92nd American Meteorological Society Annual Meeting (January 22-26, 2012)

Thursday, 26 January 2012: 2:45 PM
A Multi-Sensor Satellite-Based Examination of Cloud Structure, Precipitation, and the Thermodynamic Environment in a Warm Frontal Cloud System
Room 257 (New Orleans Convention Center )
Derek J. Posselt, Univ. of Michigan, Ann Arbor, MI; and J. A. Crespo, G. Tierney, and C. M. Naud

Decades of analysis have uncovered many aspects of the relationship between synoptic and mesoscale extratropical cyclone dynamics and the horizontal distribution of clouds. What remains unclear is how changes in cyclone circulation and environment are related to changes in cloud radiative properties and the horizontal distribution and intensity of precipitation. Measurements obtained from satellites in NASA's A-Train constellation provide an unprecedented opportunity to examine the details of the three dimensional interaction between clouds, aerosol, and radiation in frontal zones.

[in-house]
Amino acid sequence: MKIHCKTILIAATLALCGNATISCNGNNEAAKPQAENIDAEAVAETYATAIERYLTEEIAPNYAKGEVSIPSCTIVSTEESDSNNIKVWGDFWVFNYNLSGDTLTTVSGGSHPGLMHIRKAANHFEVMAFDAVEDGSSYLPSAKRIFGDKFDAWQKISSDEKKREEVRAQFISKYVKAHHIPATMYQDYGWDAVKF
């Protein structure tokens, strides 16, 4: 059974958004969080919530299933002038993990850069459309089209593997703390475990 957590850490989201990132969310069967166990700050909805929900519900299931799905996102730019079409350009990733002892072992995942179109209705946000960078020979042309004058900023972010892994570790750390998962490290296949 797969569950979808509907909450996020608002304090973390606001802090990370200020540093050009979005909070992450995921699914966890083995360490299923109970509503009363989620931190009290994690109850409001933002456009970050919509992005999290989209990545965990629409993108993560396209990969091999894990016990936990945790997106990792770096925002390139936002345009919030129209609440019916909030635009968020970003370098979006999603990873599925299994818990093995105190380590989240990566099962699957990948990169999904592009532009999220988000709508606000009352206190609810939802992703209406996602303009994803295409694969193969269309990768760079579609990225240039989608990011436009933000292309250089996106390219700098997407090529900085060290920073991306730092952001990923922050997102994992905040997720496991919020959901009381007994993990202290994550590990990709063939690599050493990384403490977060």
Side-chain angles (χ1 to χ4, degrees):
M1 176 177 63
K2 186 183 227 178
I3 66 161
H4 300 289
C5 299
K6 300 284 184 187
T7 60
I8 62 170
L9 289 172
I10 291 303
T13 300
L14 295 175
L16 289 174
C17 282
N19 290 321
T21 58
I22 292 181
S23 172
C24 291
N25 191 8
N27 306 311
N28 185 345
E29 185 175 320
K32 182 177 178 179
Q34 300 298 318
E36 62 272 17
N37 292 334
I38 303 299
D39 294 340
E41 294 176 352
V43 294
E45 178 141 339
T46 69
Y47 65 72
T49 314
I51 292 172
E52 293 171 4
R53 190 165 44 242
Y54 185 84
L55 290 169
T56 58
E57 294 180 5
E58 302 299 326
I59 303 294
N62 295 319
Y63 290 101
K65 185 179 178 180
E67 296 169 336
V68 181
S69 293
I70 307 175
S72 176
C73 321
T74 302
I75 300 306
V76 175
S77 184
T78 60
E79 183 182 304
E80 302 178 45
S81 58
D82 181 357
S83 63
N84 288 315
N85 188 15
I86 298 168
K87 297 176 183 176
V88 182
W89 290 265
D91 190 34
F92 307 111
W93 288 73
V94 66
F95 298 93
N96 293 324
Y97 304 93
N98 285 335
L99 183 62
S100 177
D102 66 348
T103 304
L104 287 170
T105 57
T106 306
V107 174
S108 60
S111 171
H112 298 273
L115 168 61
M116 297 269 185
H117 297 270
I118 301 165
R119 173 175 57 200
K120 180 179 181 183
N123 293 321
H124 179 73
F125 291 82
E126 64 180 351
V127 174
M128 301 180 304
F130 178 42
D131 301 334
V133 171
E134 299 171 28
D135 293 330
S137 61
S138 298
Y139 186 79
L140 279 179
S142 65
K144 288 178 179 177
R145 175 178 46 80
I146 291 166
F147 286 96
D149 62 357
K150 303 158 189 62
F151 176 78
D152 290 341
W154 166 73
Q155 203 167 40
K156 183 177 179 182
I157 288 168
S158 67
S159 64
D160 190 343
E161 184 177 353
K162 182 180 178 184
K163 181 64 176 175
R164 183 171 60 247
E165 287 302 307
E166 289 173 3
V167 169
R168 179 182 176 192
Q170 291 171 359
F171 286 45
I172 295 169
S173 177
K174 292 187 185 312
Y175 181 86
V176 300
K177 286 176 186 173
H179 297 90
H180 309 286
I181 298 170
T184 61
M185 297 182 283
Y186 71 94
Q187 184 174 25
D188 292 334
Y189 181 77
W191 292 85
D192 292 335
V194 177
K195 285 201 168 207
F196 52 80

In this presentation, information from multiple instruments in NASA's A-Train of satellites, is used to examine the horizontal and vertical structure of a warm frontal cloud system that occurred over the North Atlantic ocean in November 2006. The clouds observed by the A-Train were associated with a remarkably persistent ascending south to north warm conveyor belt (WCB) airstream that continued in approximately the same geographic location for more than 3 days. This WCB airstream produced copious amounts of clouds and precipitation, and was sampled several times by the A-Train constellation. We document the joint properties of the aerosols, clouds, precipitation, and radiation associated with this system, and offer a discussion of the utility of CloudSat and A-Train observations for the characterization of frontal cloud processes.

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